Now to start removing your existing closet….

Depending on what you have in there, find a place to house whatever you currently have in your closet. And get it completely empty.

**Removing existing rack:

(If you have a wire rack) Careful removing your wire rack system as it is installed with anchors and will destroy your walls if you’re not careful. Most other types of shelving or bars are most likely installed with just screws or nails. Just be sure to do it gently as to not destroy your walls.)

Fill holes with a dry wall compound. Wait for it to dry. It will shrink so a second coat is almost always a must. After second coat use a block sander and sand it until smooth. (or if you have textured walls, sand accordingly.)**

*Prime any spot that has new drywall compound.*

*Paint closet the color of your choice. (Most of the time I suggest a neutral paint color just because it isn’t often that you are painting and repainting your closet. I also ALWAYS suggest a semi-gloss in the closet as well. Much more durable and easier to clean.)*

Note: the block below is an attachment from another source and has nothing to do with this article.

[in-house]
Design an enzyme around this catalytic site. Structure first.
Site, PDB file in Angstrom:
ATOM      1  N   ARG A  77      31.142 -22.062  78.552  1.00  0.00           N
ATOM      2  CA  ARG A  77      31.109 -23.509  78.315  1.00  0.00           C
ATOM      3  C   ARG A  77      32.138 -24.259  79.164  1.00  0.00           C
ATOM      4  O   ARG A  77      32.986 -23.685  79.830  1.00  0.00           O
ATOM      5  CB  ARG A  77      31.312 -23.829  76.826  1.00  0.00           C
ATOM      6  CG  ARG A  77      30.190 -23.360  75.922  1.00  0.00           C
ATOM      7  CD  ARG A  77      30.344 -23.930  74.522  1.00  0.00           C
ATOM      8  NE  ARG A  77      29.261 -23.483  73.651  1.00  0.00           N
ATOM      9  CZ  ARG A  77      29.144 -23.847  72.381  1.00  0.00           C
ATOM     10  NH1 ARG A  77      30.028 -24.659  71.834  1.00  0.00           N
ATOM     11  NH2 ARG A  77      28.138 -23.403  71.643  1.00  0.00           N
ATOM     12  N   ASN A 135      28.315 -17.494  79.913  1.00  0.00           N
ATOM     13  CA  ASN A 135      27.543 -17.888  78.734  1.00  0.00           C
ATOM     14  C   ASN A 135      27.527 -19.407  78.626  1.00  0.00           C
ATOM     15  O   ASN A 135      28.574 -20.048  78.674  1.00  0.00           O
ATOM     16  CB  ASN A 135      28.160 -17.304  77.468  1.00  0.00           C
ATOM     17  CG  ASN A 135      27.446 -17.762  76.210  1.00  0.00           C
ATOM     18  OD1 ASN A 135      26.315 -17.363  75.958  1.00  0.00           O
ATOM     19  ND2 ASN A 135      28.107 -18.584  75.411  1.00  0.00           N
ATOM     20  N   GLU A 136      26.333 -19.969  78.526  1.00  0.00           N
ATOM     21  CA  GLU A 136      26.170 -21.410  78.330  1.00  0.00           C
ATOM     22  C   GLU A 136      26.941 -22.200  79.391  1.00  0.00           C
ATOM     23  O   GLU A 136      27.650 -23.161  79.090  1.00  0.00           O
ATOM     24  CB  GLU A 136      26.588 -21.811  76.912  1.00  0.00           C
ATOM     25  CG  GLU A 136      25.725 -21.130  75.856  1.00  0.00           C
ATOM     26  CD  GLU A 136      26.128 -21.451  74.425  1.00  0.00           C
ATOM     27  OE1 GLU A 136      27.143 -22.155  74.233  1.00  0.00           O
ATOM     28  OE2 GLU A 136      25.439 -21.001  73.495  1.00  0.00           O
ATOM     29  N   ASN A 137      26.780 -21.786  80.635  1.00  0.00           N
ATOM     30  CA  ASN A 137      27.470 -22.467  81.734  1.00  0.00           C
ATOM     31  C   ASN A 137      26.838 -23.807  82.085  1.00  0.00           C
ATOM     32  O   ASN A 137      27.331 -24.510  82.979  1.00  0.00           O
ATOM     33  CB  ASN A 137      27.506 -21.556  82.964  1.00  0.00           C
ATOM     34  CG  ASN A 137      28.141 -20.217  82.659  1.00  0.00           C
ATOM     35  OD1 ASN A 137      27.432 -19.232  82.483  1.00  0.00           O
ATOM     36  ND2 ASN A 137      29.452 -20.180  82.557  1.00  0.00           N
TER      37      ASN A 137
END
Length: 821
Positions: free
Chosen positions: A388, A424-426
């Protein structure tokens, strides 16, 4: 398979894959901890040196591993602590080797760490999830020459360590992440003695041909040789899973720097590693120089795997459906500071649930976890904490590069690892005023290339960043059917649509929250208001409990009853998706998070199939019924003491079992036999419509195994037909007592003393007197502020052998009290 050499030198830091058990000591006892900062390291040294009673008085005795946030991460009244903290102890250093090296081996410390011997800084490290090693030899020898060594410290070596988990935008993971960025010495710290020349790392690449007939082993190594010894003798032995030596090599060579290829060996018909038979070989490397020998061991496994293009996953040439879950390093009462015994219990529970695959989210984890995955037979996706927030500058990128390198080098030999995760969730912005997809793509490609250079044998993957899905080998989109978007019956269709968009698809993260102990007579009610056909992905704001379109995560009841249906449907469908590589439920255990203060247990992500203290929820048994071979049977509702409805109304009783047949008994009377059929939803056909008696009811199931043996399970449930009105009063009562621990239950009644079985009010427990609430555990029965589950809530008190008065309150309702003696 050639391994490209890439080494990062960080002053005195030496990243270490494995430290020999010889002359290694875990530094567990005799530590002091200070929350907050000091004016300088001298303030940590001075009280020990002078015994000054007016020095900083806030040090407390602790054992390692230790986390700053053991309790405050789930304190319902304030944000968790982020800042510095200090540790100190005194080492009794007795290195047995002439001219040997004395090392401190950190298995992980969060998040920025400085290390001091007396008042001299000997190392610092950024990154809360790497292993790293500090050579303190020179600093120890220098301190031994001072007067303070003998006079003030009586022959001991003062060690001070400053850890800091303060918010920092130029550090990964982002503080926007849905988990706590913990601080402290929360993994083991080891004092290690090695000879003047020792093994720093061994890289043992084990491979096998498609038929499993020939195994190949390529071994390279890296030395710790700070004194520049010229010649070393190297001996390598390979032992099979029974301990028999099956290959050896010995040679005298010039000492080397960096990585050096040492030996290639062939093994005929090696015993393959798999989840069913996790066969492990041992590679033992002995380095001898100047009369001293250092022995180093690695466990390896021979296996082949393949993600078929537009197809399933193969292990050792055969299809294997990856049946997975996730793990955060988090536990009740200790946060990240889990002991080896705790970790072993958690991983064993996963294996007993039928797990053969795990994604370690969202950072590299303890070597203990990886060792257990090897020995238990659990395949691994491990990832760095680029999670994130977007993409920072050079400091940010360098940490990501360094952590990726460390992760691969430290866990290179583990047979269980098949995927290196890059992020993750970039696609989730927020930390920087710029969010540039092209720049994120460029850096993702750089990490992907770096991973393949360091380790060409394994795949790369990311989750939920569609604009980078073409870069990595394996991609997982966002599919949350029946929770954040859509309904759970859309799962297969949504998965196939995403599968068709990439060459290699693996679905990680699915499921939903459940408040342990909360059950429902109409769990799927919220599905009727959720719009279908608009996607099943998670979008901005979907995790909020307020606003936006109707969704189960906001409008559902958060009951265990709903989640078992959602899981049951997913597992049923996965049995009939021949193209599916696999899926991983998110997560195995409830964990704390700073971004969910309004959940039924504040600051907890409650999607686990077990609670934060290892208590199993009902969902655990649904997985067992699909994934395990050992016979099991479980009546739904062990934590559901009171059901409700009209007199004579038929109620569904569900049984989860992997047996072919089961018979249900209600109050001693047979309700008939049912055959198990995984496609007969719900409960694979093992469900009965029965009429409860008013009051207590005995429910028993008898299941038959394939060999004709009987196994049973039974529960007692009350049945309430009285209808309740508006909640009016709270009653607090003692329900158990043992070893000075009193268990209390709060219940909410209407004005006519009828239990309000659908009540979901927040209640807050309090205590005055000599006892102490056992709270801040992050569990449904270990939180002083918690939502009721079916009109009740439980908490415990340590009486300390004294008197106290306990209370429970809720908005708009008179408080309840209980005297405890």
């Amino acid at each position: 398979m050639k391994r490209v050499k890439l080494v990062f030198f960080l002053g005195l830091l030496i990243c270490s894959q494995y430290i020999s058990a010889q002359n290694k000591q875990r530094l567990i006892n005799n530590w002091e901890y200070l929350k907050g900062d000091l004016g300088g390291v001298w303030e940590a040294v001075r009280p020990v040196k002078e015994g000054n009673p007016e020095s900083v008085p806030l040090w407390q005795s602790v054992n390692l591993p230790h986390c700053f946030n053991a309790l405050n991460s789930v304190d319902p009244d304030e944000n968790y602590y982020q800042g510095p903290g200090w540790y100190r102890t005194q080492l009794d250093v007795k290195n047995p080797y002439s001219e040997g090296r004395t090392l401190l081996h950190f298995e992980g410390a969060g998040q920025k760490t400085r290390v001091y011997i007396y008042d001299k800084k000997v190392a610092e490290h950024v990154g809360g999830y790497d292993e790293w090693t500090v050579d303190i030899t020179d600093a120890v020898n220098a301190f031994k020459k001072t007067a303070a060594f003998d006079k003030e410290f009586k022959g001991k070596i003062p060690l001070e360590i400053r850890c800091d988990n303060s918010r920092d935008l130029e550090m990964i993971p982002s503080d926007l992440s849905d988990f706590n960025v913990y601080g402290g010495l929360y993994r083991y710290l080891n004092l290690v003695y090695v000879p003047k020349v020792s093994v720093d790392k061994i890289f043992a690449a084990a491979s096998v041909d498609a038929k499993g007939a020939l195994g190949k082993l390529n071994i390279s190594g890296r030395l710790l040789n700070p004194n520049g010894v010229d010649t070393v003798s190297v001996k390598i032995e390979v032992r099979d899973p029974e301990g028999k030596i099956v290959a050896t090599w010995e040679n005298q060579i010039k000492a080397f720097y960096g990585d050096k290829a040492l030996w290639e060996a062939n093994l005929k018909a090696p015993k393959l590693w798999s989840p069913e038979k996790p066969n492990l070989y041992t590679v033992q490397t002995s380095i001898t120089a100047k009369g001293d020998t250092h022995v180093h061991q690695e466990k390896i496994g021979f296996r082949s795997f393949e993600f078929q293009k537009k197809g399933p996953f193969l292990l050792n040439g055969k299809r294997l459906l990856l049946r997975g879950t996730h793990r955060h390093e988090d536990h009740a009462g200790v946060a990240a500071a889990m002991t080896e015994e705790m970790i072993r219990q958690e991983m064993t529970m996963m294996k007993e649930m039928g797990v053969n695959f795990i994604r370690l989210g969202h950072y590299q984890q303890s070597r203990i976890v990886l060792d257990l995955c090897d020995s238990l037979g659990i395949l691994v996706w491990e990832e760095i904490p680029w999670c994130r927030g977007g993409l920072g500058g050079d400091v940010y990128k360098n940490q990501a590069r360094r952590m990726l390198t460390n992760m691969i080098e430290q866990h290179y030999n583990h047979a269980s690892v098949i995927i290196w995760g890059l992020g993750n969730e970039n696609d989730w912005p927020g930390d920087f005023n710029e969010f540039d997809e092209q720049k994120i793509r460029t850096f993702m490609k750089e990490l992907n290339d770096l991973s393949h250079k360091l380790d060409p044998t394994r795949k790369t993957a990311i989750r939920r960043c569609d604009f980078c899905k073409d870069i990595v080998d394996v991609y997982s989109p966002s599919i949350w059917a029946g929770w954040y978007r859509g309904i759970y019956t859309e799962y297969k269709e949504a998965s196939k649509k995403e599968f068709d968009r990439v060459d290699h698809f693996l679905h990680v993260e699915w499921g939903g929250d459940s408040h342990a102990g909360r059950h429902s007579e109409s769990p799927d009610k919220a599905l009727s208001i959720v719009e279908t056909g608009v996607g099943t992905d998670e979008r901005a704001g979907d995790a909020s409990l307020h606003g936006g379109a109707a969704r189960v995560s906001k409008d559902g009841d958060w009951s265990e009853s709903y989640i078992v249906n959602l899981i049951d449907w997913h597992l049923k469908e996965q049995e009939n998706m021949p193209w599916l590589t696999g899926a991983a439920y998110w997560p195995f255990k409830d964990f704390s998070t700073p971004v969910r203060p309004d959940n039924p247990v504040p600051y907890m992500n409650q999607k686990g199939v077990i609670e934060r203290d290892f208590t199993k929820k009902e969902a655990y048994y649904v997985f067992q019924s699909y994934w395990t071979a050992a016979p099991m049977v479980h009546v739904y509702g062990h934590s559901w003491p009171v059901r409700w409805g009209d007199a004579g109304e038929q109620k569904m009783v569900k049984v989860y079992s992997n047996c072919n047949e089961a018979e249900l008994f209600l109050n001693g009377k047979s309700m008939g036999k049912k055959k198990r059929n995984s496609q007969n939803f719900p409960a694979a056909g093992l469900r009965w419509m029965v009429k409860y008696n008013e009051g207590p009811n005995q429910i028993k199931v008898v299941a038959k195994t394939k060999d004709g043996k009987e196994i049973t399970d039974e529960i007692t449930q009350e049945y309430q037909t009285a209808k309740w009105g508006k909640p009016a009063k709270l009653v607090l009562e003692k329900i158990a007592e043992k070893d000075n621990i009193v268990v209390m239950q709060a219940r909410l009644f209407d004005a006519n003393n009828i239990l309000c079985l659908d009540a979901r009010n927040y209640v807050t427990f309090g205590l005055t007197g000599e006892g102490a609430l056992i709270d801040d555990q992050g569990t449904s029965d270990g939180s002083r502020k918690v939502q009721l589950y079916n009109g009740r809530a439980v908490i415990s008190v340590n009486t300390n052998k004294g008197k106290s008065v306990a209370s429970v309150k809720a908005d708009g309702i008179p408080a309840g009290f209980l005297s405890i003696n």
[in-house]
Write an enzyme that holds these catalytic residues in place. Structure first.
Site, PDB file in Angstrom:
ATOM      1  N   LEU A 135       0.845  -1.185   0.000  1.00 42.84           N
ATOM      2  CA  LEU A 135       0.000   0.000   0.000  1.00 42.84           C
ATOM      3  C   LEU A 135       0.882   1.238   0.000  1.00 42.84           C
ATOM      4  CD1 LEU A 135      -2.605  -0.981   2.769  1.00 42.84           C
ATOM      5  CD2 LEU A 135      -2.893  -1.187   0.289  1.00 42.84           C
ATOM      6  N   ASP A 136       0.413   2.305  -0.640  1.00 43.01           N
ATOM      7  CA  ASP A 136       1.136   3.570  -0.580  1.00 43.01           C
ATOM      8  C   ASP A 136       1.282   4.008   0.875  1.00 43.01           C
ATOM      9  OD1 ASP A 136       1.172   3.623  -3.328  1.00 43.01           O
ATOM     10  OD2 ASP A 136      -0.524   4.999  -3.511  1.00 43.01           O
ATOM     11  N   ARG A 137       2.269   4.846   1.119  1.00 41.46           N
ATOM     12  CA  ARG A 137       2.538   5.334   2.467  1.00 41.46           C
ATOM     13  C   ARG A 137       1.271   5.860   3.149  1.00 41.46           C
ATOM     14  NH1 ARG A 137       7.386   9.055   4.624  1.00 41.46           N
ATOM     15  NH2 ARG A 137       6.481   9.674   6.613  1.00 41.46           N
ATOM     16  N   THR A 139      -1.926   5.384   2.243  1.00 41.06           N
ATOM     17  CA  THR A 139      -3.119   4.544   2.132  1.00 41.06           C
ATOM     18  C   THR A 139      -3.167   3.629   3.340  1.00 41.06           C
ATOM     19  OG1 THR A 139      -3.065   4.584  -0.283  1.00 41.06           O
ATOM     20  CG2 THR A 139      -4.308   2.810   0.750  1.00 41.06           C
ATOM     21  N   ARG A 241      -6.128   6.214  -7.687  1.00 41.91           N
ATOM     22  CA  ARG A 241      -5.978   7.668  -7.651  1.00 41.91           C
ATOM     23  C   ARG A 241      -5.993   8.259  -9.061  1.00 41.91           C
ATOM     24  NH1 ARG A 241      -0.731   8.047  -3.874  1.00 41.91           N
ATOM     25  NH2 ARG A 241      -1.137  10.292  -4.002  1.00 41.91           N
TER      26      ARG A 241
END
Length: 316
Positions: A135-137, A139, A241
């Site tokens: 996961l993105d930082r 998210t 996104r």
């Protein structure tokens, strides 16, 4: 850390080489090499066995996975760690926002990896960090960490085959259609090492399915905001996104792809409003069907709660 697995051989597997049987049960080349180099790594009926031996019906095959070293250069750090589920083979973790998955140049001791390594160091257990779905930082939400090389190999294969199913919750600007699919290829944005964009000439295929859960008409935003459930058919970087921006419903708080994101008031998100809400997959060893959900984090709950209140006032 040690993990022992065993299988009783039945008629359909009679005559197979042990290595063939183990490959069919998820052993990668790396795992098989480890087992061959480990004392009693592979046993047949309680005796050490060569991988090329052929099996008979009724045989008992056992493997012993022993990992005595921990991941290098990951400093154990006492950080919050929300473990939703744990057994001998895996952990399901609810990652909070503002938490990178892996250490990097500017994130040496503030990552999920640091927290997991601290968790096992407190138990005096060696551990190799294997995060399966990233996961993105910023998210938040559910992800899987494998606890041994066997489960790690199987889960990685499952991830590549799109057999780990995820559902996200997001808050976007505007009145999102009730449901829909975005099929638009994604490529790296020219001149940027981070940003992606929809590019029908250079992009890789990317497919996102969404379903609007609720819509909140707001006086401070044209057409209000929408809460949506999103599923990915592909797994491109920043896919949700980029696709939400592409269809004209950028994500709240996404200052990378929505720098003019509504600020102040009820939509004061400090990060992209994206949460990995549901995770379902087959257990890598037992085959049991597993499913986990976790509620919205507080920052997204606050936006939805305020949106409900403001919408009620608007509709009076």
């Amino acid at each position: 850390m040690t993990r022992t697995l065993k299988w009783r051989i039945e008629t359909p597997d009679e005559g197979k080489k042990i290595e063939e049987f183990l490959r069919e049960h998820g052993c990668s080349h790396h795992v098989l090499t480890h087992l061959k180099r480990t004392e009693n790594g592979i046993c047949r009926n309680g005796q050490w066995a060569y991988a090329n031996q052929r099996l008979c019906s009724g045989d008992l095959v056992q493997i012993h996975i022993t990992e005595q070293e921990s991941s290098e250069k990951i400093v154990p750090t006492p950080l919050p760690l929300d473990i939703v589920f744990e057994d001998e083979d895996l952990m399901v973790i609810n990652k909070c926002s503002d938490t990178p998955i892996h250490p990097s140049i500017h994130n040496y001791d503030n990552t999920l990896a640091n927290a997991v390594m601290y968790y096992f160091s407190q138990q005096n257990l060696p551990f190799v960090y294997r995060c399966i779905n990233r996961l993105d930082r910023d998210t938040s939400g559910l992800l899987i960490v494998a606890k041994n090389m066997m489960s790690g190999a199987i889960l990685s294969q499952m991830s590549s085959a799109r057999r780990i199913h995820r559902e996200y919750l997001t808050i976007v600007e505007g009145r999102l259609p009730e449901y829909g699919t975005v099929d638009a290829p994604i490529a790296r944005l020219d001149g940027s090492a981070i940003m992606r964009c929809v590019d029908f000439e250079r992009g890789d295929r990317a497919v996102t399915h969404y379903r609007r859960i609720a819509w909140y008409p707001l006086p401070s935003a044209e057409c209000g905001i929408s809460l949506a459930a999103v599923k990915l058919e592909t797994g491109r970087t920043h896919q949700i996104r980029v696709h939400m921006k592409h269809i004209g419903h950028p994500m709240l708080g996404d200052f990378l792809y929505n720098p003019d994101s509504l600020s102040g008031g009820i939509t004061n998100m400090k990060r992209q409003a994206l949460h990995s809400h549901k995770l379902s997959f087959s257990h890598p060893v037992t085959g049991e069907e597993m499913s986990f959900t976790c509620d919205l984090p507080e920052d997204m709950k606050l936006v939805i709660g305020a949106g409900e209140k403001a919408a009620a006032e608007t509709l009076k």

And now you have your blank slate.


Wednesday, June 22, 2011

(1 of 3) Biggest space waster in a home is.......(DRUM ROLL PLEASE)


Something SO frustrating to me!

I don't get it. Contractors build these beautiful homes...and throw in a wire rack . A WIRE RACK! Hanging it at about 2 feet down from the top of the 8 foot wall!! Unless you or your significant other are 12 feet tall and need the 6 foot space to hang their GINORMOUS clothes're killing off about 4 feet of usable closet space!

People often get overwhelmed by the dead space and start filling it with mismatched bins and baskets to house their belts or their ties…or shoes. Or folded pants and shirts on the top rack that are hard to reach and almost always end up bring all of them down if you try to grab for one. looking like this: